I landed in Albuquerque amid a descending sun, the sky a spectrum of golden colors so unlike those I see in my usual Santa Monica sunsets. Everything around me is brown, brown for miles. It’s 50 shades of brown. I don’t particularly like the color in general, but it’s fitting here, and changes before my eyes to become more beautiful, more meaningful.

I’m surprised to be caught in traffic on my drive to Santa Fe. In my mind, New Mexico isn’t supposed to have traffic. It’s supposed to be more…untouched. But no, there’s regular rush hour here, with everyone in a rush to get somewhere other than where they are. It’s not unlike Santa Monica in that way.

Of course in Santa Monica, I don’t see three men riding horses on the service road that runs parallel to the highway, each with one of those big bucket cowboy hats. I don’t drive through an Indian Reservation, with my car swaying from side to side, caught in a windstorm. I don’t get gunned down by a state trooper’s radar.

I chose this visit to New Mexico mostly because it was a state I had never been to. I could ski, I could visit a sanctuary, I could go to a Japanese spa. But mostly so I could check another state off my travel list.

It’s a game I play with myself: how many new places can I go every year? How many passport stamps can I collect this trip? How many United miles will I get? The game fails me sometimes, or I fail it. Sometimes I am ready to go home almost as soon as I arrive, having picked a place I “should go” but didn’t even want to, except to get ahead in this ridiculous game.

New state: I WIN!

But, I lose also, because I’ve lost all focus of what traveling is for. That eye-opening, mind-expanding, culture-absorbing wonder that travel brings.

I worried that New Mexico might be one of those “failure” trips. It was almost arbitrarily chosen. My pre-trip research consisted of a Travel & Leisure article about Santa Fe, and a conversation I had on a chairlift with some snowboarders who lived there. I even considered changing my return flight to come back earlier—before I even got there. I anticipated that I would possibly, probably, want to leave early.

As I drive the long stretch between Albuquerque and Santa Fe, post-police run-in scare, I contemplate whether this trip was another impulsive, poor decision. I’ve certainly made plenty of them. And then I notice it, on the license plates all around me:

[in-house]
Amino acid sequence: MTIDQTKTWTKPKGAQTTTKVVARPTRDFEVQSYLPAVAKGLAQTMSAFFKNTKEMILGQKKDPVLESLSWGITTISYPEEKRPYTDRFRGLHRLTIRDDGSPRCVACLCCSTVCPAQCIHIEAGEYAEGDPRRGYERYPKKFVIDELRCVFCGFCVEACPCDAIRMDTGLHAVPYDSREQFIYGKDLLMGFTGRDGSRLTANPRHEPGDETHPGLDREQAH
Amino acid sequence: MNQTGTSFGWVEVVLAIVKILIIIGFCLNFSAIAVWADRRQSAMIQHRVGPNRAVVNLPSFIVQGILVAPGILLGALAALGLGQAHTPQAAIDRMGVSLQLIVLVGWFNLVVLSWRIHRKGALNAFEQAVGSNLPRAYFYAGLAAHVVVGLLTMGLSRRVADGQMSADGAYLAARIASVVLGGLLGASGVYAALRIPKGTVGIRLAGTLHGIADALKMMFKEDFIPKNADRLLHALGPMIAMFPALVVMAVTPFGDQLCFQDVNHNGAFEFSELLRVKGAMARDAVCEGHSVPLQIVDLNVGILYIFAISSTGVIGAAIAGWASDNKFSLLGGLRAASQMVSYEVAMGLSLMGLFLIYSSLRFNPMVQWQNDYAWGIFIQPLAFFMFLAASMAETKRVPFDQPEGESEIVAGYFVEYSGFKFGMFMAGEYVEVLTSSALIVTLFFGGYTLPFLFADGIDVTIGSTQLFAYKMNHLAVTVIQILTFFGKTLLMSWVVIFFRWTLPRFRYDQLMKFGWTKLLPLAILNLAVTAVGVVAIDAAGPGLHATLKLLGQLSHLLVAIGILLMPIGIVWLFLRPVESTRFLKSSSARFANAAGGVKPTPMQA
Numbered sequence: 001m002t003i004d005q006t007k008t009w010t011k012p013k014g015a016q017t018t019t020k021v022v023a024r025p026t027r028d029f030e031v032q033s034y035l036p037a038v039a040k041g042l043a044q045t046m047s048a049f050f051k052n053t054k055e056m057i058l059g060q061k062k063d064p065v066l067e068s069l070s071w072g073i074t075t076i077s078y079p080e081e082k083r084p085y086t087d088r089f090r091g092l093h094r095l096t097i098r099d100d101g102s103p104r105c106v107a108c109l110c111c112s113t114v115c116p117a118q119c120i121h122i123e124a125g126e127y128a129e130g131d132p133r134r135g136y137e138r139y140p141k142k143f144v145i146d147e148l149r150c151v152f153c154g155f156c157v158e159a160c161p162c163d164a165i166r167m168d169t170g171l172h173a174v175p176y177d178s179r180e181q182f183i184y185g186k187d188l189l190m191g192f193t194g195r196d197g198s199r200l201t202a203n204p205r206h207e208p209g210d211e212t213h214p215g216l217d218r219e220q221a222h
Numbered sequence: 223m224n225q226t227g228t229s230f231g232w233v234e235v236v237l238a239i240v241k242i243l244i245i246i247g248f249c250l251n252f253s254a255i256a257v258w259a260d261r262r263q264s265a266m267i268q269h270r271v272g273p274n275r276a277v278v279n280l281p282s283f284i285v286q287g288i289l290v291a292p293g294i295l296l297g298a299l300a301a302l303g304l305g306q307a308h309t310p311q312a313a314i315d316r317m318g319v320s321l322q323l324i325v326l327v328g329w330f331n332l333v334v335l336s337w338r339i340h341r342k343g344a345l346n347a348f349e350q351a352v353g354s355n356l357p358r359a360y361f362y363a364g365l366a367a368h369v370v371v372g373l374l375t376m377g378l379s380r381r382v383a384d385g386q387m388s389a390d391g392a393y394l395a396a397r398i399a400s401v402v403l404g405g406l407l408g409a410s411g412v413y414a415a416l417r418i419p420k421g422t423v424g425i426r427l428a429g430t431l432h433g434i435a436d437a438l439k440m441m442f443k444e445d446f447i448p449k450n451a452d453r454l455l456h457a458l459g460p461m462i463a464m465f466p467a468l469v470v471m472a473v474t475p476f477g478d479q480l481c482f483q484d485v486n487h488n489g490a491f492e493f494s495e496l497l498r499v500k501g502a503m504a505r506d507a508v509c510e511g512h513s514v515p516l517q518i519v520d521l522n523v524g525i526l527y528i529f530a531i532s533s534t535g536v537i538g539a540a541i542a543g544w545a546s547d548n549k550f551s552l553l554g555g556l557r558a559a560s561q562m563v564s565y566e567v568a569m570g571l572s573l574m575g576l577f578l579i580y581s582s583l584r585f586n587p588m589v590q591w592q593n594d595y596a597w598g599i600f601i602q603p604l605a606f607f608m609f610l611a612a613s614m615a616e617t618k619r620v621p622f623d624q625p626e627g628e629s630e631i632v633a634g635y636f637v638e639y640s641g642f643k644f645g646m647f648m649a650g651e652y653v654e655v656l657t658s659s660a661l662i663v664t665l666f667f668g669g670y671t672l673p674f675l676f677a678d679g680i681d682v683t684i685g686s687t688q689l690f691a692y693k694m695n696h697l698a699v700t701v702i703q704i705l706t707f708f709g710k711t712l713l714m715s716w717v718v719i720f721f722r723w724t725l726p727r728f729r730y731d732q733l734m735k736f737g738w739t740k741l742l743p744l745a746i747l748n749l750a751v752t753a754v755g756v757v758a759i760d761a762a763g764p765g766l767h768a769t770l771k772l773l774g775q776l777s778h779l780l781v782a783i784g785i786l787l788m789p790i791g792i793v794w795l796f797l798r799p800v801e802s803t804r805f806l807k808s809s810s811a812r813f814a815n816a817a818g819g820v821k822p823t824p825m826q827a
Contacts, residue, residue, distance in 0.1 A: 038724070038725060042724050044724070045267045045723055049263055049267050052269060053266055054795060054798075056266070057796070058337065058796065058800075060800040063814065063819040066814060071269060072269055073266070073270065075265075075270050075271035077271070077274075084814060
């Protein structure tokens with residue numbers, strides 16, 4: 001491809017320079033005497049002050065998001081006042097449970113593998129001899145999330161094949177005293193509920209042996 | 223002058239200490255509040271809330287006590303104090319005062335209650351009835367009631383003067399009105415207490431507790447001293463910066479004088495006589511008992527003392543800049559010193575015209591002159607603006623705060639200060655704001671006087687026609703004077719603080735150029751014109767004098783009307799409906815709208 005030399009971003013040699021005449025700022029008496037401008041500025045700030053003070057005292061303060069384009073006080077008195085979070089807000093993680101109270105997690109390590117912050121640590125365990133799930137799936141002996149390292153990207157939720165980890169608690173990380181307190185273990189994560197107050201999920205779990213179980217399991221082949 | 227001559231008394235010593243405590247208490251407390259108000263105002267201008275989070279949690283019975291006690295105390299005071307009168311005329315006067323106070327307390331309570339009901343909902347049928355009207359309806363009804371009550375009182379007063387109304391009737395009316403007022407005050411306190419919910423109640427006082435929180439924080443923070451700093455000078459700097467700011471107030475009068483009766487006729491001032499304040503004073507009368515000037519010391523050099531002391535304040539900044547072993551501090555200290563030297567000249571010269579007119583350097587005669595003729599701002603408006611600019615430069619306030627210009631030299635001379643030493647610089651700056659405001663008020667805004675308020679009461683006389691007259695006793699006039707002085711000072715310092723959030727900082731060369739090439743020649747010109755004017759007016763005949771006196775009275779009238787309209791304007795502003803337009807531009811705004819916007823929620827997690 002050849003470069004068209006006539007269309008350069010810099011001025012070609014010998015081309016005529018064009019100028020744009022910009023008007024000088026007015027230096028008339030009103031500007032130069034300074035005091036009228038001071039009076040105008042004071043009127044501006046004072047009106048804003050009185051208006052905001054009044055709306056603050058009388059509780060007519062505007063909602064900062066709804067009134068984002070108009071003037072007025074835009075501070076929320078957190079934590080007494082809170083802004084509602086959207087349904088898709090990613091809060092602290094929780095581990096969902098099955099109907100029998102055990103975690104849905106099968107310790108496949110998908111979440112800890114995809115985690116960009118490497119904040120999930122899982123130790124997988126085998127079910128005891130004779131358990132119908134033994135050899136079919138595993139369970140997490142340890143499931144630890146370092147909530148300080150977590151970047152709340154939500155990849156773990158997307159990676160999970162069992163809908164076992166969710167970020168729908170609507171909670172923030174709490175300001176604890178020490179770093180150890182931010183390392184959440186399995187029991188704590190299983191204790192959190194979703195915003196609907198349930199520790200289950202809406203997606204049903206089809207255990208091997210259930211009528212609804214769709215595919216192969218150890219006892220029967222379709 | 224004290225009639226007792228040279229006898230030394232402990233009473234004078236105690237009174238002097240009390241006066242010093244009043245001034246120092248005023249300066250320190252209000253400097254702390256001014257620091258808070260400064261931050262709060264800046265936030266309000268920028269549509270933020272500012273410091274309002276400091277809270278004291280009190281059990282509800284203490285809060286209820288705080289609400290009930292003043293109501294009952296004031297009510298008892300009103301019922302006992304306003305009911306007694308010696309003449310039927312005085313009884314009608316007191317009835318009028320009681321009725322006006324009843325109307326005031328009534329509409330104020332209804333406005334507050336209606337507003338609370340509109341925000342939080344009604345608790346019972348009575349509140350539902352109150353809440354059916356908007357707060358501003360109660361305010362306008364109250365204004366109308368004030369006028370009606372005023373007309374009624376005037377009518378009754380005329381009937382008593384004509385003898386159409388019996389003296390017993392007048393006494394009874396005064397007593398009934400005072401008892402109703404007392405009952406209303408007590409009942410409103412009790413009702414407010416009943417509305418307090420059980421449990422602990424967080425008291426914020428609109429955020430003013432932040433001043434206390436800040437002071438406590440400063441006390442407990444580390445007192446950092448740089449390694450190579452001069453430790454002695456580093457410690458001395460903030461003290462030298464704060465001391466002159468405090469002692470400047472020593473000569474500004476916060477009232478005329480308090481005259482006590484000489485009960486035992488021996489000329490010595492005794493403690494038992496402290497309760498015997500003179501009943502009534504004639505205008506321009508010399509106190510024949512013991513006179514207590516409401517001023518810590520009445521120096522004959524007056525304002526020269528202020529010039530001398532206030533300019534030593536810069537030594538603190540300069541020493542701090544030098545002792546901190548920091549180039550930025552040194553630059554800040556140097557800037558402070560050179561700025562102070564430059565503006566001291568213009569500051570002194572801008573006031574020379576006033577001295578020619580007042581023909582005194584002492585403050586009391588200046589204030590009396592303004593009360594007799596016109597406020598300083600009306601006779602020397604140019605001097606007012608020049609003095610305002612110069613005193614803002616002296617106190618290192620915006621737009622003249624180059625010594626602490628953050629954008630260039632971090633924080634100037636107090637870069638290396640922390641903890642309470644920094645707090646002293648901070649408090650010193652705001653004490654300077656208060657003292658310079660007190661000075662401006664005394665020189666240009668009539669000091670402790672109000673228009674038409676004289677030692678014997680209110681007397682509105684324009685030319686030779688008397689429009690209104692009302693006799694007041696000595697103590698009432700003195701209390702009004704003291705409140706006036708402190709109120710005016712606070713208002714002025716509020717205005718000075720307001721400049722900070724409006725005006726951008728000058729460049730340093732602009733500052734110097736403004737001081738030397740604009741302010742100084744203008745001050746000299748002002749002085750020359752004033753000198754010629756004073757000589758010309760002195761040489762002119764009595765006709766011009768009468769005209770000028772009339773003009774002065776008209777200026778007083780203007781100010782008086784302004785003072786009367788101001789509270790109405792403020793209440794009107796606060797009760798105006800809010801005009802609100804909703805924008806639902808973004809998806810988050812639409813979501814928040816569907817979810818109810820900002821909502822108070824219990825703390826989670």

New Mexico

Land of Enchantment

That word, enchantment, is so evocative and magical. And it’s just the message I need to see now on this drive, to remind me that if I keep my eyes open to it, I can find the beauty everywhere. 

A Katy Perry song starts playing on the radio, and before I can change the station, I listen to the refrain.

I’m wide awake.

I’m wide awake

It’s funny how sometimes songs can pick us like that. It’s funny how the universe chooses to speak to us.

A license plate slogan and a Katy Perry song remind me why I love to travel, and what I need to be throughout this trip: wide awake, open to the enchantment. 

The beauty is all around me, if I just open my eyes to it.

New Mexico

New Mexico

My lovely room at the Rosewood Inn of the Anasazi

My lovely room at the Rosewood Inn of the Anasazi

My favorite spot in my room

My favorite spot in my room

Ski Santa Fe view

Ski Santa Fe view

Road to Chimayó

Road to Chimayó

El Sanctuario de Chimayó

El Sanctuario de Chimayó

El Sanctuario de Chimayó

El Sanctuario de Chimayó

Cathedral Basilica of St. Francis of Asisi

Cathedral Basilica of St. Francis of Asisi

Love One Another Constantly

Love One Another Constantly

The Oldest House in the USA

The Oldest House in the USA c. 1610

Oldest Church in the US-San Miguel Mission c. 1610

Oldest Church in the USA-San Miguel Mission c. 1610

My Five Most Beautiful Things about Santa Fe: history, culture, spirituality, food, people



Confession: I Am Always In A Hurry

The speed limit is 75, so I figure 85 is probably okay. I’m zipping along in my white Nissan Altima that I picked out by default at the airport, because the cuter grey VW had a broken headlight. The highway seems endless through the desert between Albuquerque and Santa Fe, brown for miles in every direction, with brown mountains in the distance to break up the view somewhat.